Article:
November 20, 2023
RealPage has denied the allegations from the federal lawsuits filed against it.
In 2022, a ProPublica investigation alleged that a Texas software provider, RealPage, was using an algorithm that recommended that landlords set rents to maximize profits, which experts cautioned could constitute a violation of antitrust laws. Now, it appears that the Department of Justice has found cause to pursue action against the company, as it filed an official statement of interest pertaining to the Sherman Act on Nov. 15, ProPublica reports.
The Sherman Act is the federal law governing antitrust law. The DOJ’s willingness to participate in a federal lawsuit against RealPage indicates an escalating interest in the case from the federal government. There are now federal suits against the company in several states, including California, Tennessee, and the District of Columbia.
According to ProPublica, the class action suit filed by a group of renters in San Diego reads: “Algorithms are the new frontier,” federal prosecutors said in a federal lawsuit. “And, given the amount of information an algorithm can access and digest, this new frontier poses an even greater anticompetitive threat than the last.”
RealPage has denied the allegations from the various federal lawsuits filed against it. A statement emailed to ProPublica said it “strongly denies the allegations and will vigorously defend against the lawsuit.”
ProPublica reported that in the tenant lawsuits against RealPage, it maintains that the company encouraged landlords to share data collectively to set price points. Prosecutors say it doesn’t matter whether or not the landlords communicated with each other; the result is still a price-fixing scheme.
The suit notes that using an algorithm to set prices does not automatically make such an arrangement illegal. Federal prosecutors note that it becomes an antitrust violation when competitors, here the landlords, combine private and sensitive prices and supply information to make pricing choices via an algorithm with the knowledge or expectation that others will engage in the same practice.
According to a federal lawsuit filed in the District of Columbia Superior Court, it is alleged that RealPage devised a system that pushed its employees to accept what its software spit out. A former RealPage executive involved with creating the software “expressed dismay with the way RealPage has enabled lessors to collectively raise rents at record pace.” The ex-executive also said in the lawsuit that the company’s practice of setting a price and then consistently raising it “bastardized” the company’s original intention for the software.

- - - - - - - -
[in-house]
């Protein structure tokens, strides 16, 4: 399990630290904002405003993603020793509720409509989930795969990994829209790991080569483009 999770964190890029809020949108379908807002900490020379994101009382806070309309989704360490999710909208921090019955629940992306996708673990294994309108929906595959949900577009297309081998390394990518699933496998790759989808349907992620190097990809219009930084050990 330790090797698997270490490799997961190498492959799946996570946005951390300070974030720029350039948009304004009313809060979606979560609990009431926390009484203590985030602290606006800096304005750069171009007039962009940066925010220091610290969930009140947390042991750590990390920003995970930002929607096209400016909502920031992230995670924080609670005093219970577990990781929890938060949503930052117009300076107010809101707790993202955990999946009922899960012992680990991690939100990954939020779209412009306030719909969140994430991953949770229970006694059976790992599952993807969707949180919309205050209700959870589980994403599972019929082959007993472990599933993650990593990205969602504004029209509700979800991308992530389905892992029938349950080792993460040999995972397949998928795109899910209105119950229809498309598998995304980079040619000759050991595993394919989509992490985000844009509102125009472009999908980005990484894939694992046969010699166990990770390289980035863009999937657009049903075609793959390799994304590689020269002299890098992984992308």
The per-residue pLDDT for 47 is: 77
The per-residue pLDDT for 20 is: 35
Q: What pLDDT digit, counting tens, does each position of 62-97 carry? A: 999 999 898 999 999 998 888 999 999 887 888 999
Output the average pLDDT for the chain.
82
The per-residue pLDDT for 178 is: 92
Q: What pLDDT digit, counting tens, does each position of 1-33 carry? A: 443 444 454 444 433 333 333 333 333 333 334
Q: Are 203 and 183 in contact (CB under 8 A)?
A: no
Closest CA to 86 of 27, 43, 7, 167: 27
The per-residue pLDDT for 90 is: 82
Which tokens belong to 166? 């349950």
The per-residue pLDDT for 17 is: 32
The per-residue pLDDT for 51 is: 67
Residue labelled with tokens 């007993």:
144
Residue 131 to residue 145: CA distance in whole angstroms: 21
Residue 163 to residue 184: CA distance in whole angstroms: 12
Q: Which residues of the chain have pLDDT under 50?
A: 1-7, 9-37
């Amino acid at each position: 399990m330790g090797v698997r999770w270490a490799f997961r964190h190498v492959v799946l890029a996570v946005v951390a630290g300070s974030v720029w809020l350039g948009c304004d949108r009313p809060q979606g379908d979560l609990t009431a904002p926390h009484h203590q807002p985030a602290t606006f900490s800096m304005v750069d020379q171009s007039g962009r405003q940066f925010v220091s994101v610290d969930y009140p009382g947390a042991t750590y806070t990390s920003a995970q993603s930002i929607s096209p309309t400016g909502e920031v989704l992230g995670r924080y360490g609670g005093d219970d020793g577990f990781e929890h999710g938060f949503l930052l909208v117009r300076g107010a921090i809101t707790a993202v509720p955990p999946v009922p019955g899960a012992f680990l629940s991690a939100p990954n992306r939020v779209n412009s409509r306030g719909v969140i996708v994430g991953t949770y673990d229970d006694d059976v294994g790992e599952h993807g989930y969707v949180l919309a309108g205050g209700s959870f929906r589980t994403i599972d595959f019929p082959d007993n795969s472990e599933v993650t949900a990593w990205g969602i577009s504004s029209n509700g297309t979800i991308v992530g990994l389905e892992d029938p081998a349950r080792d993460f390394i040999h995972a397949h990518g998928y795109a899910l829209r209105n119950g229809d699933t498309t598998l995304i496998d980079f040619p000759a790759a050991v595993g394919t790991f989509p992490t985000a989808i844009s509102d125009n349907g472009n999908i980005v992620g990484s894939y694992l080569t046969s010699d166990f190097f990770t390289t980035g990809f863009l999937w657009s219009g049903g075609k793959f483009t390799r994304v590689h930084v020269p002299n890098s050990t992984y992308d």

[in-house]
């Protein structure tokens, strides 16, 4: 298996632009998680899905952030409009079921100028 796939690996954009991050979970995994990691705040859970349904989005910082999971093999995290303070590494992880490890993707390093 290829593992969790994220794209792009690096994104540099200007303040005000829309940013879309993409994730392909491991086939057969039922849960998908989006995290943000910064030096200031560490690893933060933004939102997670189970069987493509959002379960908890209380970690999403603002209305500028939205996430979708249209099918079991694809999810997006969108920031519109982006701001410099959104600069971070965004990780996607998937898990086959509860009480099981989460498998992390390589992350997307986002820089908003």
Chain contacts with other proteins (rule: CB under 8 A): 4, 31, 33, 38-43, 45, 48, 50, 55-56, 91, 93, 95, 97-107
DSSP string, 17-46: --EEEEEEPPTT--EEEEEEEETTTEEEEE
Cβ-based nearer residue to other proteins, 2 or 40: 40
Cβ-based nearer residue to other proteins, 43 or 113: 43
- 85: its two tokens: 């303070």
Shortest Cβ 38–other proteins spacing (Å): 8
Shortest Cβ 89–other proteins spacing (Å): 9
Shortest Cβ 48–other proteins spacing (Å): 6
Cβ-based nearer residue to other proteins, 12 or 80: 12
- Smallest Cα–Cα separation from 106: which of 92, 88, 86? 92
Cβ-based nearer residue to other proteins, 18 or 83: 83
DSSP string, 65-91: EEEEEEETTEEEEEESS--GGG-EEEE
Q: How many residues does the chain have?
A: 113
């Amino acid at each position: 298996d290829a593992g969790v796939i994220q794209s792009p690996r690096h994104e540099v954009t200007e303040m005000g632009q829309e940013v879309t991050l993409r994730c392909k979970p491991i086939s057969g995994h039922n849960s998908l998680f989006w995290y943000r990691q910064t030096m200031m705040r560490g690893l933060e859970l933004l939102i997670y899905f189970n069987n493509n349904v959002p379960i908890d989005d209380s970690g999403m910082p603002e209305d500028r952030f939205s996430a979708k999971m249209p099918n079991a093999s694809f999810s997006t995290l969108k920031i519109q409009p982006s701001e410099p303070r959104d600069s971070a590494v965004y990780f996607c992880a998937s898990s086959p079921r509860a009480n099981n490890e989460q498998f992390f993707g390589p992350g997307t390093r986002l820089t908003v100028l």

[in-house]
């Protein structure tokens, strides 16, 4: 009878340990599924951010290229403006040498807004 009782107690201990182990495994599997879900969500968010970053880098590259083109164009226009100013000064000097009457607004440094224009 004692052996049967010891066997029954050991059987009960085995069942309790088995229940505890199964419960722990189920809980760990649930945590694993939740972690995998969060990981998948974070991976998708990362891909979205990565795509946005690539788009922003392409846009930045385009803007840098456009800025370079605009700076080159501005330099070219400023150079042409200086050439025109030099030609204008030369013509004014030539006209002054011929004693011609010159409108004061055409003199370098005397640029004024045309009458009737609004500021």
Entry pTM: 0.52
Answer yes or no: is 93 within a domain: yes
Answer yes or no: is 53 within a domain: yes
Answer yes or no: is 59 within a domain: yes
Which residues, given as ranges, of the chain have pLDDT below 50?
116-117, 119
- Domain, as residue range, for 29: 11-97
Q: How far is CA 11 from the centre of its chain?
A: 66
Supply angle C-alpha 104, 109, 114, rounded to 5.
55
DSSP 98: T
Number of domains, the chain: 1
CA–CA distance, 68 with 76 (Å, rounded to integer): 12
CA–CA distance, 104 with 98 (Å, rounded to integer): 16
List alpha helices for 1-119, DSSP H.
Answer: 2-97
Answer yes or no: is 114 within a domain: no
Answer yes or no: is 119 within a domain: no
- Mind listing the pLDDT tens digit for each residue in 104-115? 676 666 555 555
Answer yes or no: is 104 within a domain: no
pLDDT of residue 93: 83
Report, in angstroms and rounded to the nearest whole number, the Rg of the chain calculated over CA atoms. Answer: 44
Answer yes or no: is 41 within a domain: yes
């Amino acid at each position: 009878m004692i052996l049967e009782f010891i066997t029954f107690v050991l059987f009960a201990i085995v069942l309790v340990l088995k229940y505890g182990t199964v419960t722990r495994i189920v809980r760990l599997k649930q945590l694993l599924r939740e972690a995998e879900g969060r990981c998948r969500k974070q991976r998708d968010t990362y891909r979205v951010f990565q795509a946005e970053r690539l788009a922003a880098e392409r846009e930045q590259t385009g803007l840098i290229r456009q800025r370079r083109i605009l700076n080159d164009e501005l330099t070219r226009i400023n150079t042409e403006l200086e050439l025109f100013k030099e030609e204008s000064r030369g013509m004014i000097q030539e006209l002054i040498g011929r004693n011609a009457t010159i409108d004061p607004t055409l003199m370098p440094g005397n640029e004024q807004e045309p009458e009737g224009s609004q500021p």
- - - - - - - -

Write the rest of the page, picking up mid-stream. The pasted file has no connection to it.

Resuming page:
In Washington, D.C., according to the outlet, 90% of large apartment buildings, defined as those with 50 units or more, use RealPage’s software. As a result, the Attorney General of the District of Columbia, Brian Schwab, brought a suit against RealPage and 14 other large apartment landlords, saying that they are “colluding to illegally raise rents for tens of thousands of DC residents.”
Schwab’s suit also describes their alleged scheme as a cartel, saying, “Every dollar of increased rent that the cartel illegally squeezes from District renters contributes to widening wealth gaps, forces hardworking residents to forgo other uses of their money, and pushes residents out of a District whose housing they increasingly cannot afford.”
In October, Sen. Amy Klobuchar, the chair of a committee on antitrust policy, held a hearing that focused on competition and consumer rights. As part of the discussions, RealPage’s controversy emerged in testimony. Maurice Stucke, a former prosecutor in the Justice Department’s antitrust division and a University of Tennessee law professor, said during his testimony to the committee, “So one issue for you is can the antitrust laws effectively punish and deter this alleged anti-competitive behavior?” Stucke said.
“The short answer is yes, if humans agreed among themselves to fix price, and RealPage’s pricing algorithm was then used to facilitate their collusion.”
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